Here's What It's Like to Do a 3,000-Mile Road Trip in a McLaren F1
You might not be able to drive a $20M supercar across Europe, but that's exactly why this clip was made.
Have you ever wondered what it was like to be behind the wheel of a real-life unicorn? More specifically, a true enthusiast car made of authentic unobtanium. I'm sure we all have, and living vicariously through those with the ability to afford rarities like the McLaren F1 makes it even easier. Today, we'll get to do exactly that.
It all starts with popular auto YouTuber James Walker—otherwise known as Mr JWW—who gives the world a rare look into the life of a supercar owner. Walker, along with several friends, documented their 3,000-mile trek across Europe in a nearly $20 million McLaren F1 and made it available online for everyone to see.
The entire 75-minute long video takes clips of the journey, which was completed back in 2017, and splices them together with Walker's commentary on the expedition. And while a trip to high-end car shows and lavish lifestyle experiences are fun to see, we mostly enjoy the look inside the rare car that's largely regarded as the greatest automobile ever created.
While most people who can identify a McLaren F1 are familiar with the car's center driver seating position, most haven't actually seen someone ride shotgun. Walker and his pals do just this, stuffing a driver, passenger, and luggage inside the cockpit of the McLaren.
Walker calls the experience as a passenger "cozy," which is surely an understatement. Meanwhile, the driver's view of the car's rear is obscured by the McLaren's high-pressure, roof-mounted intake, which designer Gordon Murray worked up with engineers to filter out water and debris as to not flood the engine. The solution? Dual rear-view mirrors mounted to the left and right side of the windshield.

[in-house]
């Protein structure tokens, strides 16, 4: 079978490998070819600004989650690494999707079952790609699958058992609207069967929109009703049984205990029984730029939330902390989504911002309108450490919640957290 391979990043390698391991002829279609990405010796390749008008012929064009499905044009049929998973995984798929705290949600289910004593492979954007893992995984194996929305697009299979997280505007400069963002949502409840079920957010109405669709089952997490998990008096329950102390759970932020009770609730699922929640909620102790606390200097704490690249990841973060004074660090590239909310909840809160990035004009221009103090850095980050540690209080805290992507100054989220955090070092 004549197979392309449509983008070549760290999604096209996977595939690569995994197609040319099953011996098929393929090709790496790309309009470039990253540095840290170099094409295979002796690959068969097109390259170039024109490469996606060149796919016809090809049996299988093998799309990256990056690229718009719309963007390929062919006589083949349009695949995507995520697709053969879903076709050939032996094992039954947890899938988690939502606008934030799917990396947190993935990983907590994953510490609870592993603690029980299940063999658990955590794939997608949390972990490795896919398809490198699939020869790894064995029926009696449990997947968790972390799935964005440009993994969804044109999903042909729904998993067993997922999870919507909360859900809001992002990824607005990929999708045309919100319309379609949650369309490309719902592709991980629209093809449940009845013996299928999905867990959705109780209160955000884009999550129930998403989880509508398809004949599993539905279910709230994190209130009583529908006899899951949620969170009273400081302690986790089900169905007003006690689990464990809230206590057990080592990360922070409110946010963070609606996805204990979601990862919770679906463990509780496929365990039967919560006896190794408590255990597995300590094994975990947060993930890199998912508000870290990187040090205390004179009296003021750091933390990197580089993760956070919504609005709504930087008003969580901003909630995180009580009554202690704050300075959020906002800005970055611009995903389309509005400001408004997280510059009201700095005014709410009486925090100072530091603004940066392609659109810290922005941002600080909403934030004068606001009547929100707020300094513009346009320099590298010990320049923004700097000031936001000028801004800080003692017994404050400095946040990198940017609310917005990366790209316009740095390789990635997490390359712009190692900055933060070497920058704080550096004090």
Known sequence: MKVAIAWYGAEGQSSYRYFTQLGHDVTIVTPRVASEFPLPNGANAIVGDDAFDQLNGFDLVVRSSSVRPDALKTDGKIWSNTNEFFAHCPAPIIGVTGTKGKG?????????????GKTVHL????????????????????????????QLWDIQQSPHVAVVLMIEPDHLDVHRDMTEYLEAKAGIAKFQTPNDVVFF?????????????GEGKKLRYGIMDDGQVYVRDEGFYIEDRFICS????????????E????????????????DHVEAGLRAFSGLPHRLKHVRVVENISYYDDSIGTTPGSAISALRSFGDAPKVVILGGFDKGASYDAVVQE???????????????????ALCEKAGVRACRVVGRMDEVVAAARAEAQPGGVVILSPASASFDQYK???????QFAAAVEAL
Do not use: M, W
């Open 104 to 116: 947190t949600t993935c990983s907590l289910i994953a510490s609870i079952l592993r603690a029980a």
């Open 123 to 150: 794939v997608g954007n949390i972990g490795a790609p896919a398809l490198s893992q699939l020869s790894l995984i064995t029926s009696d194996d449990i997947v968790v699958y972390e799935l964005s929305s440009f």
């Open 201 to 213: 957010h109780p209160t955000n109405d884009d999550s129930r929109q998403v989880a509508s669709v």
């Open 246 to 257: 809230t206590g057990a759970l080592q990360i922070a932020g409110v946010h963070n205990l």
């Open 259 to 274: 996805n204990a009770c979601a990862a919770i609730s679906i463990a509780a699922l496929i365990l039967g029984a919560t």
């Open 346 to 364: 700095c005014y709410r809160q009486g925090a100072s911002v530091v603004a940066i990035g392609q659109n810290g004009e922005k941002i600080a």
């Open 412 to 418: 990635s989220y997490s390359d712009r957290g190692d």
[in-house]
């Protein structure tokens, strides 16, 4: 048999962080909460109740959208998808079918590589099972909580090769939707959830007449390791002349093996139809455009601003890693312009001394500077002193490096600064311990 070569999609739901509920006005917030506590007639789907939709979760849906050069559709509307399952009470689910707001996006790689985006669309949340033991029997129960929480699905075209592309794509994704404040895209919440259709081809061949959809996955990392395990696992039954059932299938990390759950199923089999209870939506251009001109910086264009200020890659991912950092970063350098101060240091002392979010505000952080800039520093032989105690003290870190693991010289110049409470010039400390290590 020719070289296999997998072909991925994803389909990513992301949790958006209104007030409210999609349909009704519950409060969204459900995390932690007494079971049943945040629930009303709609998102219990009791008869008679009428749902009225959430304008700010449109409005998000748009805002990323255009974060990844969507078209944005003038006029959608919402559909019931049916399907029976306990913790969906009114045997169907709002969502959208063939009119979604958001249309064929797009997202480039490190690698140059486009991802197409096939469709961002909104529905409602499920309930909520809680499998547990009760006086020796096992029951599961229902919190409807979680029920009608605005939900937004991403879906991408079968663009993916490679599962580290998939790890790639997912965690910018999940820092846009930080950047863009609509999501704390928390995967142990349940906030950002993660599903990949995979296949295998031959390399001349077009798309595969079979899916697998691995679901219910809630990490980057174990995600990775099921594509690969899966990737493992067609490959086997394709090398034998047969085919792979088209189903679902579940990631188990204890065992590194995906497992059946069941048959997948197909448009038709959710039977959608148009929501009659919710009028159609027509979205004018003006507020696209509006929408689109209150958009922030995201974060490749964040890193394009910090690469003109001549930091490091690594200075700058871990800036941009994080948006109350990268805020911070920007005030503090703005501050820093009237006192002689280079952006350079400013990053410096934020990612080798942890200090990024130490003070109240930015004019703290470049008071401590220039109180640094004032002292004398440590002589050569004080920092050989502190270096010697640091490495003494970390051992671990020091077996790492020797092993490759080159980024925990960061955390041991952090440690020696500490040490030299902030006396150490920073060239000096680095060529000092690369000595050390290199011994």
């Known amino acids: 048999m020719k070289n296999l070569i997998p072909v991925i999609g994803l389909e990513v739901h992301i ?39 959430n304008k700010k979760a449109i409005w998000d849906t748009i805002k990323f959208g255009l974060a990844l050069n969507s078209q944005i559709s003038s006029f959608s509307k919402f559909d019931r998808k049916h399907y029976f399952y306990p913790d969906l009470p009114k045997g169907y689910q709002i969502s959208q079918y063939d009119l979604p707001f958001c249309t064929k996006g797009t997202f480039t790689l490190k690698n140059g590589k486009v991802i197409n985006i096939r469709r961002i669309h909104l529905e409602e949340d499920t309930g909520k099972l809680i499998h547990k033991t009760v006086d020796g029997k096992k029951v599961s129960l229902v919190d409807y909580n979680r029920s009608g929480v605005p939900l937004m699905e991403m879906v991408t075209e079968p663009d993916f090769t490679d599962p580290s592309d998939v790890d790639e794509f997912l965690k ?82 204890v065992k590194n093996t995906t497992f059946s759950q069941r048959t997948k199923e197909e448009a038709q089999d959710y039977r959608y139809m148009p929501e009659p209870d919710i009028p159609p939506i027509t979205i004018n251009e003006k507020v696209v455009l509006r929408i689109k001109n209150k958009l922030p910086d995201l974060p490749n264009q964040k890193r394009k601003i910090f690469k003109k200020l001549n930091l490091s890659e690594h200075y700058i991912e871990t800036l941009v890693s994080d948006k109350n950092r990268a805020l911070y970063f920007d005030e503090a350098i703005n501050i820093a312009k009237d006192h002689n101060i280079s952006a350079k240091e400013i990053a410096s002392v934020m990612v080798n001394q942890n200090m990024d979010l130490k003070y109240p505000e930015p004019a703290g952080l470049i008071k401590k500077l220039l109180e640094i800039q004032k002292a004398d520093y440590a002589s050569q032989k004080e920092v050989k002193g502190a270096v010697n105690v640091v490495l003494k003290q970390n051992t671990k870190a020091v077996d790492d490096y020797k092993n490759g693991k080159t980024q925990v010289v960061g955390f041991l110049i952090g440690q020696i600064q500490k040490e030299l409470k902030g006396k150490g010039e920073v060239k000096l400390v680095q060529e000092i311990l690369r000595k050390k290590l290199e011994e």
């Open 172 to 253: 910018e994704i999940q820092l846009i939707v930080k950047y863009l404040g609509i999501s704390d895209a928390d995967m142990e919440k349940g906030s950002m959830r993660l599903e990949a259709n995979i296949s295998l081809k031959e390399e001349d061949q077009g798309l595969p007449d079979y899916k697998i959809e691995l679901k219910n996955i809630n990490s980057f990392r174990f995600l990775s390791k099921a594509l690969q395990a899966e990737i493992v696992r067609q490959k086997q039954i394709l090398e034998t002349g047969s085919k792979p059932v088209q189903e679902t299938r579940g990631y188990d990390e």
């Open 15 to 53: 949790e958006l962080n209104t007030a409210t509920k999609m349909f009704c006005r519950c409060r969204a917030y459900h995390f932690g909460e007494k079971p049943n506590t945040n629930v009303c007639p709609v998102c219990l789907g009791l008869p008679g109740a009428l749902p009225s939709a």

It might seem weird to specifically mention the luggage being stored in the car's interior, but that's because the F1 really doesn't have that much storage space elsewhere, and the cache it does haven is curated for small McLaren-specific totes.
And of course, it would be illegal for me to talk about the McLaren and not mention the 618-horsepower, naturally aspirated, 6.1-liter V12 sitting amidships. Throughout the video, you get wonderful glimpses under the rear bonnet and experience the symphony produced by roaring individual throttle bodies.
During the engine bay tour, take note of the gold-coated reflective heat shield affixed to nearly every body panel. McLaren took note of the heat in the engine bay and worked to dissipate and reflect where needed. The automaker even used early versions of active aerodynamics which not only acted as an airbrake for the car but also redirected airflow into the engine bay and down to the rear brakes for cooling.
Walker's journey ends at the McLaren F1 25th Anniversary Tour in Bordeaux, France where he gathered with a number of other F1s to commemorate the platform's quarter-century birthday, including the now-restored car previously owned and crashed by Tesla CEO Elon Musk.
It's hard not to love the McLaren F1—it's one of the last truly analog supercars built in the 20th Century and everything from the styling to the gauge cluster's green glow screams '90s-era rad. Since most of us will never get the chance to sit in the driver (or passenger) seat, this close-up look will have to do.
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